Cyber Security series: How you are helping the hackers.

02 November 2017

The internet can be a hostile environment at the best of times.  As is the case across all industry sectors these days, the oil & gas (O&G) industry is exposed to an increasing level of cyber security risk. Picking up from our last blog, we look at how businesses sometimes make the hacker’s job easier – and some things they can do to try to avoid that. But first it is worth revisiting the topic of convergence and looking at the impacts an attack can have on this sector.   

The convergence of Information Technology (IT) and Operational Technology (OT) is driven by a number of things: standardisation of technologies, a need for greater connectivity to support business optimisation and to support new ways of working.  In turn, this often involves working with more third parties.

Convergence is not unique to the O&G industry. But what marks the O&G industry, aside from the risks associated with the handling of hazardous materials, is the scale and distribution of operations alongside a very diverse operating environment in which the impact of an attack can be far reaching.

OT systems are designed to minimise downtime and to work for decades in harsh and often remote environments. Availability and continuous operation are crucial. The risk of lost production time from attacks that deny access to systems or that directly interfere with operations are very real.  Increased reliance on process automation increases the risk with upstream processes such as burner management, pump control, drill control, flaring and venting all relying on OT. Targeting transportation systems and refinery processes could also result in untold damage, environmentally, reputationally and financially.

Other potential outcomes include safety and environmental damage from the discharge of toxic chemicals and damage to hardware assets. We’ve seen proven attack mechanisms against rotating machinery, pressurized equipment and electrical switchgear and, while in-built engineering protections might be in place, equipment can still be damaged.  There is also no fundamental reason why industrial accidents resulting from human-error couldn’t be replicated by deliberate mis-control of critical systems during a cyber-attack.

As well as the challenges associated with OT, O&G firms share the same basic information risk challenges as most large companies – including protecting their critical systems, safeguarding employee data and complying with IT-related regulations such as SOX and trade controls. They can also be exposed to payment channel and customer data risks through their retail operations.  Concentrations of ‘crown jewel’ information like exploration and production data, business relationship information (joint ventures and acquisitions) and commodity trading strategies and positions are all attractive targets for attackers. An understanding a company’s trading strategy could let an attacker trade against or ahead of them on commodity markets.  

At the start of this blog we posed the question: How are you helping the hackers? Our experience of working across sectors is that many organisations are inadvertently making attackers’ jobs easier.  Often we see the same mistakes repeated:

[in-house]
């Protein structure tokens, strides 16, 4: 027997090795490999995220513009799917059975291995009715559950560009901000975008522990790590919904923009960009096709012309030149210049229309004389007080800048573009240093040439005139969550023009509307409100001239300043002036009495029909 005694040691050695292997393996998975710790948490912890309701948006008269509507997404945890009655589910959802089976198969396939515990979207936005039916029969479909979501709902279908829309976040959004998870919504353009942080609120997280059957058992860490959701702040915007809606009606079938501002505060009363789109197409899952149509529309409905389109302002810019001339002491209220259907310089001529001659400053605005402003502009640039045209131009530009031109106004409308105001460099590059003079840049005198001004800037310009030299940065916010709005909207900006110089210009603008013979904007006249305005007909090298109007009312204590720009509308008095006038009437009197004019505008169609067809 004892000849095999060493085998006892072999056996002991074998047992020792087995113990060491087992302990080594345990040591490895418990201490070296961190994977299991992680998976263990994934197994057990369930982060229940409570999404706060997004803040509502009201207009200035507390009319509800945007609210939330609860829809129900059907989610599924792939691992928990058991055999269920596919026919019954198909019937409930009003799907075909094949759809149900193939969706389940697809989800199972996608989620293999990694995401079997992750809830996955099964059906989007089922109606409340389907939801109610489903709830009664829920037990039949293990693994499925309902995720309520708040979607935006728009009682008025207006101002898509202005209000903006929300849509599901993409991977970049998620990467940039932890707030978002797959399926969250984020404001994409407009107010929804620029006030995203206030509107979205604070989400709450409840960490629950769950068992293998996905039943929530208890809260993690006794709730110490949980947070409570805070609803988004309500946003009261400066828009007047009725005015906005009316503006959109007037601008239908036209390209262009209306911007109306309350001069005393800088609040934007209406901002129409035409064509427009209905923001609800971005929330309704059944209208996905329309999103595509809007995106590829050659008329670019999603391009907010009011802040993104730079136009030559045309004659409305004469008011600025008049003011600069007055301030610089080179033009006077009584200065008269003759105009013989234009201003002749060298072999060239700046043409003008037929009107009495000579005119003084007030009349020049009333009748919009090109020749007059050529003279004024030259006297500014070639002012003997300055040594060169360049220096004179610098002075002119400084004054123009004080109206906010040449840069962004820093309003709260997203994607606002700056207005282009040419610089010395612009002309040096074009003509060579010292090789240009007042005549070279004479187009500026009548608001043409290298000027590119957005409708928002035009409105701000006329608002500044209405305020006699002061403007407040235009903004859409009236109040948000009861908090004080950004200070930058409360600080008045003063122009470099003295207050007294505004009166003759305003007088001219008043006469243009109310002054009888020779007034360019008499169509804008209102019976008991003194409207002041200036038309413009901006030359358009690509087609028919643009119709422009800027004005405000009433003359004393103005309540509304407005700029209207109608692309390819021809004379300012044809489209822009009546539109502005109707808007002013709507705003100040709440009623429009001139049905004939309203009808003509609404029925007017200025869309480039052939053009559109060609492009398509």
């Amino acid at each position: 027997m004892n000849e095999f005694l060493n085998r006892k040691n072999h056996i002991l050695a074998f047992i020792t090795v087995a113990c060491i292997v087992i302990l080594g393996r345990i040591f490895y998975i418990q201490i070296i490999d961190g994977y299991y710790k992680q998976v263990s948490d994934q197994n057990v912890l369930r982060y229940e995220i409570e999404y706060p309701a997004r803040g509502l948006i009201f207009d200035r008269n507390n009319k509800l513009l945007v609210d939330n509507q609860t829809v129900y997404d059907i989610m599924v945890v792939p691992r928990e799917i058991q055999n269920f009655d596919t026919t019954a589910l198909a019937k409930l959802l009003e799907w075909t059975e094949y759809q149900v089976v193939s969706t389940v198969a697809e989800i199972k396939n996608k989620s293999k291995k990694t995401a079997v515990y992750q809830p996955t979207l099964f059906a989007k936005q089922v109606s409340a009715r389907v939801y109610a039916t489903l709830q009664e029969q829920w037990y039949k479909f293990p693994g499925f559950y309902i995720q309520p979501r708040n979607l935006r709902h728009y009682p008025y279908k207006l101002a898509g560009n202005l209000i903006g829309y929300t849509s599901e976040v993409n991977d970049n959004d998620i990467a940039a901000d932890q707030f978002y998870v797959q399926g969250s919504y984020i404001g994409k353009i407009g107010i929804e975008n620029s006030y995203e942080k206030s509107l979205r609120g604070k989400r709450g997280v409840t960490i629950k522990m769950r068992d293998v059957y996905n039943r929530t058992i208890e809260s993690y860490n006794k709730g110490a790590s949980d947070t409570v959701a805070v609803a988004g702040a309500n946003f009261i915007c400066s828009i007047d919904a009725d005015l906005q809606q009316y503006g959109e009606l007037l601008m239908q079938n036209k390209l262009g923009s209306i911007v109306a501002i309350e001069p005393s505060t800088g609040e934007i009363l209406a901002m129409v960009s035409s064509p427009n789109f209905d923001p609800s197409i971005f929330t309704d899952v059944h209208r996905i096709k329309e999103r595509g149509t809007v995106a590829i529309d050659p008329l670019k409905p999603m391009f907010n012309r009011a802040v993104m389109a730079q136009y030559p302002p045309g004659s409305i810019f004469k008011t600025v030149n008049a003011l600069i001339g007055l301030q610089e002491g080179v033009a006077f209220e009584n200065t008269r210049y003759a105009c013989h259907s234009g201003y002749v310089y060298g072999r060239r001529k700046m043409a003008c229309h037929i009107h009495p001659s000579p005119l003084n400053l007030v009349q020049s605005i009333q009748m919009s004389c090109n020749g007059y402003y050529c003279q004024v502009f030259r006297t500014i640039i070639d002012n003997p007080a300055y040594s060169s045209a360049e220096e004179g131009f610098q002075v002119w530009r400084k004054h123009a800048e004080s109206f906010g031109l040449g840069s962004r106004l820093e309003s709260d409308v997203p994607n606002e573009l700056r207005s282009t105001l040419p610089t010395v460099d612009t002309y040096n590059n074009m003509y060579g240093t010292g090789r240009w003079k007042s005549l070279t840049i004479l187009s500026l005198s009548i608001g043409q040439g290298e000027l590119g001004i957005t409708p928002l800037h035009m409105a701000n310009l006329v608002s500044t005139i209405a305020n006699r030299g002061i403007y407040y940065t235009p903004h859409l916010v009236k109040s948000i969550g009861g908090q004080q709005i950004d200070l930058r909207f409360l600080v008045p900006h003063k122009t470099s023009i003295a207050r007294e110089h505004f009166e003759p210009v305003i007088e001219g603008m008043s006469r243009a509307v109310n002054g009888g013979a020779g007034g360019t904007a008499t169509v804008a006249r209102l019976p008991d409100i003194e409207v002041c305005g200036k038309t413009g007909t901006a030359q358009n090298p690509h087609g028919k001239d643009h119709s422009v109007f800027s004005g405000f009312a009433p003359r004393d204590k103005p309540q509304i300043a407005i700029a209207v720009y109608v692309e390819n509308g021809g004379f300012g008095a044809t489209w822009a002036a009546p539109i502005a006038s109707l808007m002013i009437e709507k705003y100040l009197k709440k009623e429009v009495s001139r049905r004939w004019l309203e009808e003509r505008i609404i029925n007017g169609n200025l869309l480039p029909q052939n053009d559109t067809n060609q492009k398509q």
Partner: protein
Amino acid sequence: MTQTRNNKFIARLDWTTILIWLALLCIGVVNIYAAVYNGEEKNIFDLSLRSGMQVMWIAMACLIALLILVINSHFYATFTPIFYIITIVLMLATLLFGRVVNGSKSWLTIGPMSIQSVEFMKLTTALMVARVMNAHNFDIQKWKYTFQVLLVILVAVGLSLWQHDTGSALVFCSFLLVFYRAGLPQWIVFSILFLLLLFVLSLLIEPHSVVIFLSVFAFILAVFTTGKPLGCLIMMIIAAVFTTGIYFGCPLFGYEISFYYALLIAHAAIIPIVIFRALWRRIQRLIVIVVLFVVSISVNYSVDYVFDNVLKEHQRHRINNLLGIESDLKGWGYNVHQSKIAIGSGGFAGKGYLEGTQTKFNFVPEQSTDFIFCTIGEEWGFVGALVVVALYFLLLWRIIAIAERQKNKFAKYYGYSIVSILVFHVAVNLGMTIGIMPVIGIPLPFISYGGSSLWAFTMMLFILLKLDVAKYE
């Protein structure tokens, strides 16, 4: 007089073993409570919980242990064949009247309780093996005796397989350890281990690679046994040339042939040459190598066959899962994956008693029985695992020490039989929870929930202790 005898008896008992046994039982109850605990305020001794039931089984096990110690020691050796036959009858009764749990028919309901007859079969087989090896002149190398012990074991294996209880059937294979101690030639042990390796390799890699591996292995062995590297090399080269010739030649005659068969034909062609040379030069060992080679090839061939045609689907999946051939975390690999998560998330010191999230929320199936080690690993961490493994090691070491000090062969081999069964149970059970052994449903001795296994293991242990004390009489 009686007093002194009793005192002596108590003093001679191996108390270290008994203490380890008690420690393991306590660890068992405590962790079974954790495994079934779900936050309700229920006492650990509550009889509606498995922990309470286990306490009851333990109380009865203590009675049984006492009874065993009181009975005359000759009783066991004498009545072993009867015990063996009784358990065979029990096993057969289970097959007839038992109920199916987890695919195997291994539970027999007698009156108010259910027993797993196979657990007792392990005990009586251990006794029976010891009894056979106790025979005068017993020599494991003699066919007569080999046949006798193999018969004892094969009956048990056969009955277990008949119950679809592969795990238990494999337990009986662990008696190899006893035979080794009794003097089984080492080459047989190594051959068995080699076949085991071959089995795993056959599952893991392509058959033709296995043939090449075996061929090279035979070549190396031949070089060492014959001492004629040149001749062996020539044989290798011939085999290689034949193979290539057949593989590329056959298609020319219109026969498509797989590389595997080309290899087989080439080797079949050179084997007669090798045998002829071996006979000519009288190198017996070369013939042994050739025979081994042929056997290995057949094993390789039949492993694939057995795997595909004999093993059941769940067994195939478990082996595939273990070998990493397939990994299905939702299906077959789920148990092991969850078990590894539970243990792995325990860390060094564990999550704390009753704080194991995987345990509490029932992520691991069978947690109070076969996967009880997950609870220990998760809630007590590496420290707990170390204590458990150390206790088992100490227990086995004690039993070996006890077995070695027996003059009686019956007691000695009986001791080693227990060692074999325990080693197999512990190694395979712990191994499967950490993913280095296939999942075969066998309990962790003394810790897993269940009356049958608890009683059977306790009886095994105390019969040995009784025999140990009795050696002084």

• Flat network architectures that let attackers move unimpeded across the estate (including bridging between IT and OT environments  - we’ve seen examples where it has been possible to take over offshore OT remotely through consoles that are visible to the corporate LAN) – or that aid the spread of malware.  
  • Poorly configured Active Directory domains with large numbers of privileged accounts.  
  • Critical systems that are unpatched against known (and commonly exploited vulnerabilities).
  • User (and administrator) accounts with easy to guess passwords.  
  • Lack of two factor authentication for remote access.  
  • Poorly managed firewalls with overly permissive rules.    
  • Unmanaged third parties with access to IT and OT assets (…more on them in a later blog…).  

Attackers know these are common gaps – so they will go looking for them.

But it isn’t just the technical ‘stuff’ that can make an attacker’s job easier.  As part of our ethical hacking, we profile organisations using publicly available information too.  Invariably we find a treasure trove of information that we could use in an attack:  

  • Personal information, like email addresses, on social forums provide an easy starting point for hackers who want to phish your staff.  
  • Company websites provide plenty of information to help in an attack too, often with confidential documents posted to the internet in error.  
  • Freely available tools like Shodan provide another easy jump-start for would be attackers, highlighting internet visible devices that could provide a starting point for an attack.  

There is enough risk drilling and producing flammable materials on a small platform hundreds of kilometres out to sea, without making things more hazardous by leaving oneself open to cyber threat.

And while this could be said of all parts of the value stream, from upstream through to the petrol pump, the potential for an offshore catastrophe borne of a lack of preparedness and security strategy, should not be underestimated. It is more important than ever to get the basics right and to make attackers’ jobs as hard as possible. So, as well as taking a step back and looking at your technical controls to make sure you have the common ‘gotchas’ covered, it is worth reviewing your internet footprint and thinking about how attackers could use this information too.  

In our next post we will look at who is targeting you and your third parties.

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